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This book examines the native Irish experience of conquest and colonisation in Ulster in the first decades of the seventeenth century. Central to this argument is that the Ulster plantation bears more comparisons to European expansion throughout the Atlantic than (as some historians have argued) the early-modern state's consolidation of control over its peripheral territories. Farrell also demonstrates that plantation Ulster did not see any significant attempt to transform the Irish culturally or economically in these years, notwithstanding the rhetoric of a 'civilising mission'. Challenging…mehr

Produktbeschreibung
This book examines the native Irish experience of conquest and colonisation in Ulster in the first decades of the seventeenth century. Central to this argument is that the Ulster plantation bears more comparisons to European expansion throughout the Atlantic than (as some historians have argued) the early-modern state's consolidation of control over its peripheral territories. Farrell also demonstrates that plantation Ulster did not see any significant attempt to transform the Irish culturally or economically in these years, notwithstanding the rhetoric of a 'civilising mission'. Challenging recent scholarship on the integrative aspects of plantation society, he argues that this emphasis obscures the antagonism which characterised relations between native and newcomer until the eve of the 1641 rising. This book is of interest not only to students of early-modern Ireland but is also a valuable contribution to the burgeoning field of Atlantic history and indeed colonial studies in general.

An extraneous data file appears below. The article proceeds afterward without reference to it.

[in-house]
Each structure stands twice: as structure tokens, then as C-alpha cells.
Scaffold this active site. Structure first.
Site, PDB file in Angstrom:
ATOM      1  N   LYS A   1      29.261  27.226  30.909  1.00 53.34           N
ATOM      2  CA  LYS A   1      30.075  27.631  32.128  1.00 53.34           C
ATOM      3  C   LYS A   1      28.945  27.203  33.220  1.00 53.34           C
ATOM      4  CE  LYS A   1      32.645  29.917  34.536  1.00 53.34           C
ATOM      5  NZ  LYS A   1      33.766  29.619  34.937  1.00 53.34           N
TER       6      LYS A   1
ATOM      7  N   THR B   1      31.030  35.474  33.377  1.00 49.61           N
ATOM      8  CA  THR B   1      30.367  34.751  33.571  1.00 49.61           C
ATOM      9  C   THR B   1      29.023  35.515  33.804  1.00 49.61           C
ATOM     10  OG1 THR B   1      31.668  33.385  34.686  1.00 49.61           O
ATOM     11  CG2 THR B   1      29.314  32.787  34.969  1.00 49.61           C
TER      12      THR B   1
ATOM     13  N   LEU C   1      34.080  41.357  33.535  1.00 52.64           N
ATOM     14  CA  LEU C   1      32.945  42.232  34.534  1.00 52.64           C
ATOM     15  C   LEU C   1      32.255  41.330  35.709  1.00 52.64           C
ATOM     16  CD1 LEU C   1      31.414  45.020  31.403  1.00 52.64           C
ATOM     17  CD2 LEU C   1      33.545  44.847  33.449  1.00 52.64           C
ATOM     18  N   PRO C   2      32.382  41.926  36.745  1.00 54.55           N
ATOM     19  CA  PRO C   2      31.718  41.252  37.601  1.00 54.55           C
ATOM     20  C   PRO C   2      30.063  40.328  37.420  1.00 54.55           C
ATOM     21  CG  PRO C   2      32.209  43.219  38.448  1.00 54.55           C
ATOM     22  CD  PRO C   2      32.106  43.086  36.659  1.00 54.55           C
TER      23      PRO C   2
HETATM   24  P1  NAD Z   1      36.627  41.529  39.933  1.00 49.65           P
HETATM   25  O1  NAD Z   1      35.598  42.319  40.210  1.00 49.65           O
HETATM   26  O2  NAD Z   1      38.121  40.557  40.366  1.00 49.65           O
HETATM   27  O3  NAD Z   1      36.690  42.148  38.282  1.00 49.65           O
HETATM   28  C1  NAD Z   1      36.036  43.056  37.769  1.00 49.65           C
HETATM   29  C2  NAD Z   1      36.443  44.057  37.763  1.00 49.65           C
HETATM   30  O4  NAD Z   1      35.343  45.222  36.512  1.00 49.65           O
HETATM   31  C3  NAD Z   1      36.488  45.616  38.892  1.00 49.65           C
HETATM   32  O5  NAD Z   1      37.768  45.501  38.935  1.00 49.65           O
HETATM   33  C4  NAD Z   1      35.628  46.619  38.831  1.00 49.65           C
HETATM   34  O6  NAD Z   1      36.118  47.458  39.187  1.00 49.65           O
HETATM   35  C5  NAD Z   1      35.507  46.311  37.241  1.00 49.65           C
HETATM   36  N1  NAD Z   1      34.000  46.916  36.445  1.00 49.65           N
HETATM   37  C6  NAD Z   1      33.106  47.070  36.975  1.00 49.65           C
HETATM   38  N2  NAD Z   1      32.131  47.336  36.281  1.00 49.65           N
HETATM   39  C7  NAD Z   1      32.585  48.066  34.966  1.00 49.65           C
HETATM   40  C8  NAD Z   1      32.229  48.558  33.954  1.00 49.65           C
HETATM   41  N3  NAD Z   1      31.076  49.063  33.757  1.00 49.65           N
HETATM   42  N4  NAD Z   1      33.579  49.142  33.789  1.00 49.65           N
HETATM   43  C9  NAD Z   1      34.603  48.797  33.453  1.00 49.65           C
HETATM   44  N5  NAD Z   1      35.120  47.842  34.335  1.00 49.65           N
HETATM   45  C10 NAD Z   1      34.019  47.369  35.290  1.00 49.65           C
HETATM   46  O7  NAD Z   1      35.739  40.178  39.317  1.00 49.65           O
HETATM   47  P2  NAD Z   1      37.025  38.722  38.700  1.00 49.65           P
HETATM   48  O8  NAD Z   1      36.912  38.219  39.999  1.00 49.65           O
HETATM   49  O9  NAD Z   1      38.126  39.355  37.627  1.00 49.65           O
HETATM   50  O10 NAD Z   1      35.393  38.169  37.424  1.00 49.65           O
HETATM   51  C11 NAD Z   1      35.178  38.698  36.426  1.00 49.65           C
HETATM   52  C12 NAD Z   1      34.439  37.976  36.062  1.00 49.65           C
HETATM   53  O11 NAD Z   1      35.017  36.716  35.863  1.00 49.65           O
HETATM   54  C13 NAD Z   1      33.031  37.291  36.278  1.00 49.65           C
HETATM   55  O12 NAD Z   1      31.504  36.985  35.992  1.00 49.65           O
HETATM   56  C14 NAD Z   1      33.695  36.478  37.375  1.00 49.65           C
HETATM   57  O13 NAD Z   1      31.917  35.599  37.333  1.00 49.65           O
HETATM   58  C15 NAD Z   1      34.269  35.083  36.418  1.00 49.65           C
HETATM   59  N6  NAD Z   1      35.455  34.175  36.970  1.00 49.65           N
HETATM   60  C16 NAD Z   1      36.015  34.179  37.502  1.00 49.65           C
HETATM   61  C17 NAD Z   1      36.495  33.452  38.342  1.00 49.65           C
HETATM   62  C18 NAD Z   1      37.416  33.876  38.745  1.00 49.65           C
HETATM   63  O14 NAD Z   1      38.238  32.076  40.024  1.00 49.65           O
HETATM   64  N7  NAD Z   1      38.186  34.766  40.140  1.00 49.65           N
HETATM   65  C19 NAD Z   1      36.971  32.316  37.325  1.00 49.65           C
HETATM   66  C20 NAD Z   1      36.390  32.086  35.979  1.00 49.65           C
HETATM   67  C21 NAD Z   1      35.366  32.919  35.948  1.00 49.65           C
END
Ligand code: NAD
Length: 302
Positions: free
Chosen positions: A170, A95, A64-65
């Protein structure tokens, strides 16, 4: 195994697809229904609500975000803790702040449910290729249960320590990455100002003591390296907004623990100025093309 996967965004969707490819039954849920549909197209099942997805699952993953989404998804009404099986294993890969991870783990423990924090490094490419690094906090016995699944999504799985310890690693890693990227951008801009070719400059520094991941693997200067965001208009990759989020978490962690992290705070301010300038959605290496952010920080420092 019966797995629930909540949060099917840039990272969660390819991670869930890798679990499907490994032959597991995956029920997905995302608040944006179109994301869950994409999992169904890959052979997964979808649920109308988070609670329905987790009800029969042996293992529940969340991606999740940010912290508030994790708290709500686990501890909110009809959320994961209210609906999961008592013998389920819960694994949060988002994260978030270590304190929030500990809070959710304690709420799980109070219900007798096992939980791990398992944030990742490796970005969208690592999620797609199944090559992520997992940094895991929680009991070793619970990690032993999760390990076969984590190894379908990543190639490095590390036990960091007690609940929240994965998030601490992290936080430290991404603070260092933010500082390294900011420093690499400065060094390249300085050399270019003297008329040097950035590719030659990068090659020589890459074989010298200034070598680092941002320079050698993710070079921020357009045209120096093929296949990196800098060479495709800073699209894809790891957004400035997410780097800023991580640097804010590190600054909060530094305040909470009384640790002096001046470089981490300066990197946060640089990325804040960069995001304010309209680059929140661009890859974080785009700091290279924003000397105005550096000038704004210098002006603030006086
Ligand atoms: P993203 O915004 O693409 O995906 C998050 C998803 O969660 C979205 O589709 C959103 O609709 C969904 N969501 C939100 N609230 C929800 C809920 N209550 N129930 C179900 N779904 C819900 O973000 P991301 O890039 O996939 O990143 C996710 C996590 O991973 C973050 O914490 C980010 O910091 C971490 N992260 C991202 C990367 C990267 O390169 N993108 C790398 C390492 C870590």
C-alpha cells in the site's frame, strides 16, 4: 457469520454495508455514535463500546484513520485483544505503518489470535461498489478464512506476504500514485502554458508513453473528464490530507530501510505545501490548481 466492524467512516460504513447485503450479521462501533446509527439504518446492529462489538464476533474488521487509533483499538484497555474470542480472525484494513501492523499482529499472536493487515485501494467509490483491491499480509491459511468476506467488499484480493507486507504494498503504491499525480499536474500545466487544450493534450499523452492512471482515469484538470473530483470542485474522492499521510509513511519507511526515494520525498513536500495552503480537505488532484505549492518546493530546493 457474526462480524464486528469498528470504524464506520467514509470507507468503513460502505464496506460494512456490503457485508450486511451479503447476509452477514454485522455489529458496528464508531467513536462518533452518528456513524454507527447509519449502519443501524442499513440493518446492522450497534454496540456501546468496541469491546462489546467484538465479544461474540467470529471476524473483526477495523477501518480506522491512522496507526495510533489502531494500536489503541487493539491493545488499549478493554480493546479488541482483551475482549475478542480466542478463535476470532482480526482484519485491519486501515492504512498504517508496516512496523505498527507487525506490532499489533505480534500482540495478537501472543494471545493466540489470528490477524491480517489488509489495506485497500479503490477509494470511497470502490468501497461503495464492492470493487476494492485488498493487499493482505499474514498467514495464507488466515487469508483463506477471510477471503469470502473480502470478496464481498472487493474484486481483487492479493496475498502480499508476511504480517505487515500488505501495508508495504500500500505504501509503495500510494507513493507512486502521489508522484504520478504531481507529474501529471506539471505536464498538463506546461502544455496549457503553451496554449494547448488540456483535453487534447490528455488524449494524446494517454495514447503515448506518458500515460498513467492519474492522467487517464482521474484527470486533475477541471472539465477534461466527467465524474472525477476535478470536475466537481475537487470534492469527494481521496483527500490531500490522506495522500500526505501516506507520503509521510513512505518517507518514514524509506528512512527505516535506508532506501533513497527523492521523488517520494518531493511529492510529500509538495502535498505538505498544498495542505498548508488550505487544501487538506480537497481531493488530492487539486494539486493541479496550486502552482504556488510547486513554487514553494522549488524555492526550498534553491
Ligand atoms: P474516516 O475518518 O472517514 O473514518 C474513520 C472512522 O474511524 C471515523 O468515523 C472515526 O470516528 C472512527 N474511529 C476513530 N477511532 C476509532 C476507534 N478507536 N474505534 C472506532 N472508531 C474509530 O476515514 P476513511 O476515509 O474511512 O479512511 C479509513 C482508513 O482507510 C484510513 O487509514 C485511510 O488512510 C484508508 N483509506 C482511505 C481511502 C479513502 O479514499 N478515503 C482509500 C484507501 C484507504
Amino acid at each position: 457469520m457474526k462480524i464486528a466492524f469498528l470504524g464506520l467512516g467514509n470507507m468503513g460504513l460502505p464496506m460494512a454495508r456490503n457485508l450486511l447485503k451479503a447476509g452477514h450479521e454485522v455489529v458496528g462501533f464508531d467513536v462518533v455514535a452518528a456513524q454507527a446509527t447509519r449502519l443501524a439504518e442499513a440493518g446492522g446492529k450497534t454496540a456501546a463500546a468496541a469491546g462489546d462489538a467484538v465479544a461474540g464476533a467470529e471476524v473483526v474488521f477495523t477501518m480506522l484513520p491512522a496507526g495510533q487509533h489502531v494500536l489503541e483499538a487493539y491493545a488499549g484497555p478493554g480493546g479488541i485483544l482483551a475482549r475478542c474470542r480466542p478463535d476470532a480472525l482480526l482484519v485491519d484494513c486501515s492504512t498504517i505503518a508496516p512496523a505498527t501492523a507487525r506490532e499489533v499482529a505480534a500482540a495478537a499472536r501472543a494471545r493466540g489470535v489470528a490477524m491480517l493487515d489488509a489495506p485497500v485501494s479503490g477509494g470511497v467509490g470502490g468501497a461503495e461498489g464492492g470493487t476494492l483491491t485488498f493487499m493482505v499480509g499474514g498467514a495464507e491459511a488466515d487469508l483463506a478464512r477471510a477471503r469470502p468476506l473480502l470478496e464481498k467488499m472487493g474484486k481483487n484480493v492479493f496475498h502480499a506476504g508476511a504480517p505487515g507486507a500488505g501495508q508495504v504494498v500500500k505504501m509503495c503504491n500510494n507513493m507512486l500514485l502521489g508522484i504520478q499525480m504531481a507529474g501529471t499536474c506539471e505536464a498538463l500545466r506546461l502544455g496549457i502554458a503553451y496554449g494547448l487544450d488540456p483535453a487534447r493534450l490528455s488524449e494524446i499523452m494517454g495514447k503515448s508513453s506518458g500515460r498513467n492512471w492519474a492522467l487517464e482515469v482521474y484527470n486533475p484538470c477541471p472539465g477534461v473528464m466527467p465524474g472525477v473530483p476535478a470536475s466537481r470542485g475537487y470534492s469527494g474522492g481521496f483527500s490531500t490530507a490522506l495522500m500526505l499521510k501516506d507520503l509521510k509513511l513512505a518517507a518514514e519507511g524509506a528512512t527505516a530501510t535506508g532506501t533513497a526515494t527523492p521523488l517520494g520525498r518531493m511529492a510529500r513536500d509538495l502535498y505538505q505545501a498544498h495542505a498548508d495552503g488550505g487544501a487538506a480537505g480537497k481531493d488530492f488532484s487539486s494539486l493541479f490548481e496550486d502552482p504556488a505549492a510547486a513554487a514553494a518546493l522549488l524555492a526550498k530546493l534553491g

Autorenporträt
Gerard Farrell is a Postdoctoral Fellow in the Department of History, Trinity College Dublin, Ireland, where he received his PhD. A latecomer to academia, his former incarnations include freelance writer, musician and assistant nurse.
Rezensionen
"This is an impressive and satisfying book. ... Farrell's approach has been inspired by American scholars who have shown an interest in and sensitivity to the 'Indian side' of native-colonist encounters in North America. ... He highlights many interesting parallels between the interactions between the English colonists and the native peoples of Virginia, New England and
Ulster." (Henry Jefferies, Irish Historical Studies, Vol. 43 (163), May, 2019)
"The book is intensively researched and its well-wrought argument is compelling and convincing ... this work provides an enlightening and essential new strand to the discourse of the plantation and will prove indispensable to our understanding and continuing research of the period." (James O'Neill, History Ireland, July-August, 2018)